Announcing Stack Overflow Documentation

We started with Q&A. Technical documentation is next, and we need your help.

Whether you're a beginner or an experienced developer, you can contribute.

Sign up and start helping → Learn more about Documentation →

I have recently started with Selenium, and I've decided to use only Selenium 2 / WebDriver. In my test code, I often arrive at a WebElement without knowing where it is in the page.

I'd like to have code that, given an WebElement, constructs an XPath expression to uniquely select it.

FireFox recorder plugins for Selenium do this; what I want is code to do it in Selenium 2.

I can write such code myself by using WebElement's findElement to walk up the tree and findElements to find the child we came from, but it's nontrivial to come up with something fast (repeatedly calling By.xpath seems bad) and complete (e.g. due to namespaces).

(A related question suggests using CSS selectors instead - that's fine with me.)

Has anyone done this for me? What is the best approach?

share|improve this question

Maybe this will help: I am testing a website where the id's are dynamically generated, so they change all the time. In order to get their xpath and work with it I use this function:

 * Gets the absolute xPath for elements with dynamic ids.
 * @param driver - the current WebDriver instance
 * @param element - the element for which the xPath will be found
 * @return the absolute xPath for this element
public static String getElementXPath(WebDriver driver, WebElement element) {
    return (String)((JavascriptExecutor)driver).executeScript(
            "gPt=function(c)" +
            "{" +
            "if(c.id!=='')" +
            "{return c.tagName + '[@id=\"'+c.id+'\"]'}" +
            "if(c===document.body)" +
            "{return c.tagName}" +
            "var a=0;" +
            "var e=c.parentNode.childNodes;" +
            "for(var b=0;b<e.length;b++)" +
            "{var d=e[b];" +
            "if(d===c)" +
            "{return gPt(c.parentNode)+'/'+c.tagName+'['+(a+1)+']'}" +
            "if(d.nodeType===1&&d.tagName===c.tagName)" +
            "{a++}" +
            "}" +
            "};" +
            "return gPt(arguments[0]);", element);
share|improve this answer
Sure, that will work if you extend it to also find elements deep down in the page, but once you use JavaScript I think it is more efficient to go up from the element towards the document root like I described. How portable is this solution? – reinierpost Aug 20 '12 at 8:42
This doesn't go all the way up, just until it finds an element with id. As for portability, I have tested only on Firefox, if that's what you mean. – Maria Lingo Aug 21 '12 at 9:10

It's pretty straight forward: and btw yes css is the way to go; xpath should be only used as a measure of last resort. http://sauceio.com/index.php/2010/01/selenium-totw-css-selectors-in-selenium-demystified/ explains css locators in much more depth than I can in the space provided here.

Best approach: If you're using firefox download firebug, that will let you look at your html. Pres cmd+Shift+c and it'll open for you with an element highlighter. Find your html element, maybe it'll look something like this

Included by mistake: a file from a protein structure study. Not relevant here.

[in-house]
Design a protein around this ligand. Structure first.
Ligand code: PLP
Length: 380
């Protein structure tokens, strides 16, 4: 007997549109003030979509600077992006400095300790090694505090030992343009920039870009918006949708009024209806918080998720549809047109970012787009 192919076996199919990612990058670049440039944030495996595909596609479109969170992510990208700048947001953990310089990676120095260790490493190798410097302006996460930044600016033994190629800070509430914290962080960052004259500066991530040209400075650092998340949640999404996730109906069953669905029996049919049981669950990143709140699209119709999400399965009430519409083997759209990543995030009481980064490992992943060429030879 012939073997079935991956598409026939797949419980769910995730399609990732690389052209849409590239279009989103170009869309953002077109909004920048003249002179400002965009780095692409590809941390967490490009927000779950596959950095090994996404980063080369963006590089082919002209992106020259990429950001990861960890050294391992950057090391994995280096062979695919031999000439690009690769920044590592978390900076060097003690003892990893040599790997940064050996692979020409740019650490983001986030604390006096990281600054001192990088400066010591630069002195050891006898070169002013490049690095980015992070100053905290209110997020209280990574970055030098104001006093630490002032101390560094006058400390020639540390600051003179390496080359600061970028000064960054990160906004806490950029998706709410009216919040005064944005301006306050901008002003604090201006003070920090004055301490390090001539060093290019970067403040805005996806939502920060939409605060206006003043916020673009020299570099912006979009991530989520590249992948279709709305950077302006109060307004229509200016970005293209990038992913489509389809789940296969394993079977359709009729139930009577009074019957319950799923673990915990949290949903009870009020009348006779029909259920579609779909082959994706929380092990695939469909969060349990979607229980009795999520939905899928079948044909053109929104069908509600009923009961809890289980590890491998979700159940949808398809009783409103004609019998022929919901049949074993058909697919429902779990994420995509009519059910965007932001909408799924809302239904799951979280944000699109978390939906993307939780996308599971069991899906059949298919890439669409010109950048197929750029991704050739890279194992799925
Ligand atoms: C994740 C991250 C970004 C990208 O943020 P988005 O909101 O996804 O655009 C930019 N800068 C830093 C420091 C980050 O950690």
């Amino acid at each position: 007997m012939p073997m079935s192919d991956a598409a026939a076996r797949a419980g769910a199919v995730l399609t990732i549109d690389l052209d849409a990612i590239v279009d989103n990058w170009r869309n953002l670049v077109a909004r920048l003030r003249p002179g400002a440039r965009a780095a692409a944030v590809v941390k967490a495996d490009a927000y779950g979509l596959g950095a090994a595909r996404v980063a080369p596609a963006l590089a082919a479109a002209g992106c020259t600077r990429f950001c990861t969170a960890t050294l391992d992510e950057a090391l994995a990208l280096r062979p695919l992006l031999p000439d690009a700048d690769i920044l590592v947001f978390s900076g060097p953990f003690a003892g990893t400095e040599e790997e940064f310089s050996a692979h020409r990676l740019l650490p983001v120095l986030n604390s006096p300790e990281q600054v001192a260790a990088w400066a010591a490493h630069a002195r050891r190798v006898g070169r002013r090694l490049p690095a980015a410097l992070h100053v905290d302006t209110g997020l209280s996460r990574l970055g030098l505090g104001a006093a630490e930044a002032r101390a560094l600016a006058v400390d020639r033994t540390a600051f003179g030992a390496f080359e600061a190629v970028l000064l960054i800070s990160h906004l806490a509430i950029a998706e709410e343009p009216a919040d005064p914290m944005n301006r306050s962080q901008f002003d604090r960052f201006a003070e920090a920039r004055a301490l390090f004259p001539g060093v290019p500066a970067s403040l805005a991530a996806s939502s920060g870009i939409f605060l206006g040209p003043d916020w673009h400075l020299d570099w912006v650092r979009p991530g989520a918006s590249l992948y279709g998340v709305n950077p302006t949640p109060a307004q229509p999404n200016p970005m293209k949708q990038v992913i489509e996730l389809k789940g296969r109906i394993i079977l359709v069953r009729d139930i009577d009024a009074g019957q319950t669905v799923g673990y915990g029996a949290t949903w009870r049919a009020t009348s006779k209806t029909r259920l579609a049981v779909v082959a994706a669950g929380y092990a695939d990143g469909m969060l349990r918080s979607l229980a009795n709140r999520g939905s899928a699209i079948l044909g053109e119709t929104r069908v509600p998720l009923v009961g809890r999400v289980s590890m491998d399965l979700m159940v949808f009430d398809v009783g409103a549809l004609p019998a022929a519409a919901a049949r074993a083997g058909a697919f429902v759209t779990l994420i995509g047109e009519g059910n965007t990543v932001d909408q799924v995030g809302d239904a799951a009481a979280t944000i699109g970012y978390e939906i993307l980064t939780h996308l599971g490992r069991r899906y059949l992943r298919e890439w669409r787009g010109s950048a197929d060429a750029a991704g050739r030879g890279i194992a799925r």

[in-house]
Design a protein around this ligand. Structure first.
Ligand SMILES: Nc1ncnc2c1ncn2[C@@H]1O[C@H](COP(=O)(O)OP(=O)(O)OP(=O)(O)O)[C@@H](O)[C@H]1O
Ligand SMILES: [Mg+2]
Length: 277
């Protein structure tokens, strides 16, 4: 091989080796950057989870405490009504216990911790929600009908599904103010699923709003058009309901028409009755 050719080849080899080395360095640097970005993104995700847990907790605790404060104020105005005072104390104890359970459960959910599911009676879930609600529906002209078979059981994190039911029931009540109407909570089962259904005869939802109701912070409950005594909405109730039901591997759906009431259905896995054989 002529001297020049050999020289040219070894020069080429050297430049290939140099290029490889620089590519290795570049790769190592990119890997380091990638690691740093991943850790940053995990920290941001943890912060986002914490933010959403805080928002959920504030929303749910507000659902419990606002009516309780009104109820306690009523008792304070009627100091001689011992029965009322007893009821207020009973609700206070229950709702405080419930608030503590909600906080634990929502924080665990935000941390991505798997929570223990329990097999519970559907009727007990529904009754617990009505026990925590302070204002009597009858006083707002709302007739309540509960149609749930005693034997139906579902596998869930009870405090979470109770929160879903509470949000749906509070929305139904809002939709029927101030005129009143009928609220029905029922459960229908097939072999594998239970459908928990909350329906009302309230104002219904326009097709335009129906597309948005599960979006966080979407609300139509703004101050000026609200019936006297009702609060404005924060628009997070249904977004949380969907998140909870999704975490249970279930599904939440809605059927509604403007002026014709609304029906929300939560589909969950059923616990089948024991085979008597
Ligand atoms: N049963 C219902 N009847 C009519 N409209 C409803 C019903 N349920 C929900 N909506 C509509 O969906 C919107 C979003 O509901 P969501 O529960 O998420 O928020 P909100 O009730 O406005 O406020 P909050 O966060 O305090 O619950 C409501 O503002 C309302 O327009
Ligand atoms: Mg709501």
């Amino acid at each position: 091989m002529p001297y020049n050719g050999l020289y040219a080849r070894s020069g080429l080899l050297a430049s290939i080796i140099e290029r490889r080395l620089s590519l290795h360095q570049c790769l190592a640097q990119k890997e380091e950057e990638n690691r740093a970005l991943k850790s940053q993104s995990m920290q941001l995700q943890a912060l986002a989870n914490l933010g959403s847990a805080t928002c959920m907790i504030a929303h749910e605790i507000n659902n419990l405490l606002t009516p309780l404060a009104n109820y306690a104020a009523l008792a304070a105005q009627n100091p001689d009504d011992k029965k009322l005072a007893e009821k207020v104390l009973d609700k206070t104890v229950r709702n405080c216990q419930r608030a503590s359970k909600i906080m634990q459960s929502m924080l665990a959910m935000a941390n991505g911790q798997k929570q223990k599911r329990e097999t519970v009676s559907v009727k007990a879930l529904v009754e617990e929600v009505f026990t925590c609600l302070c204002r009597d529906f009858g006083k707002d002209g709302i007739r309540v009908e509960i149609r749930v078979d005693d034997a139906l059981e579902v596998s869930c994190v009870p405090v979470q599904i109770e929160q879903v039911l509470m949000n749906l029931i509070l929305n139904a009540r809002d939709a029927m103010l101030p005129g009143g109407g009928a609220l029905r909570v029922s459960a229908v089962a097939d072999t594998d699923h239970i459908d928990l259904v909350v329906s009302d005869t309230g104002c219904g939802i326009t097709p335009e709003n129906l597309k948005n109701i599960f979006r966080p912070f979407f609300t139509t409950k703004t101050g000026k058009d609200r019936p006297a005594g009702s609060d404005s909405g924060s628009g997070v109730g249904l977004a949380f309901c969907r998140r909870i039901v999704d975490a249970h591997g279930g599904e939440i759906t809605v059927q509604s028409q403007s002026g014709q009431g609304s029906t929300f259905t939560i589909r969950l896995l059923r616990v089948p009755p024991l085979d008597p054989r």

<input type="submit" tabindex="110" value="Post Your Answer" id="submit-button">

Then you can find your element pretty simply

WebElement element = driver.findElement(By.cssSelector("input[id='submit-button']"))

Notice that we put the tagname first "input" followed by some kind of unique identifier in the brackets "input[id='submit-button']." For the most part this will cover 75% of all css locators you use. The other 25% require a little bit more tricky stuff covered in the link I placed at the top of the page.

You may ask "What kind of unique identifiers can I use besides id" well that is covered here: http://release.seleniumhq.org/selenium-remote-control/0.9.2/doc/dotnet/Selenium.html

Good luck starting out


Well good luck finding your elements in the first place...If you need you can search elements by partial locator text like input[id*='submit']. Using that is helpful for dynamically generated elements, when you use the partial text as the part of the locator that doesn't vary from element to element.

You mentioned walking up the html tree perhaps I didn't see that when I first read the question. I think you hit the on issue at hand. Walking up the html tree isn't suggested as it makes your tests more fragile to html changes. It will also make your code unreadable in the long run as well. In general if your id's are missing or unpredictable I would suggest talking to proj. management about getting the developers to make code that can actually be automated (eg: getting identifiers implemented on critical elements). This will actually save both you and the developers alot of effort in the long run, and it will also increase the speed and reliability of your tests.

share|improve this answer
Thanks! Unfortunately, this doesn't really help me, because most of the ids on my elements are missing or unpredictable. – reinierpost Aug 20 '12 at 8:45

We can find the Submit Button using ID:



share|improve this answer
Thanks! Unfortunately, this doesn't really help me, because most of the ids on my elements were missing or unpredictable. – reinierpost Apr 7 '14 at 10:05

Your Answer


By posting your answer, you agree to the privacy policy and terms of service.

Not the answer you're looking for? Browse other questions tagged or ask your own question.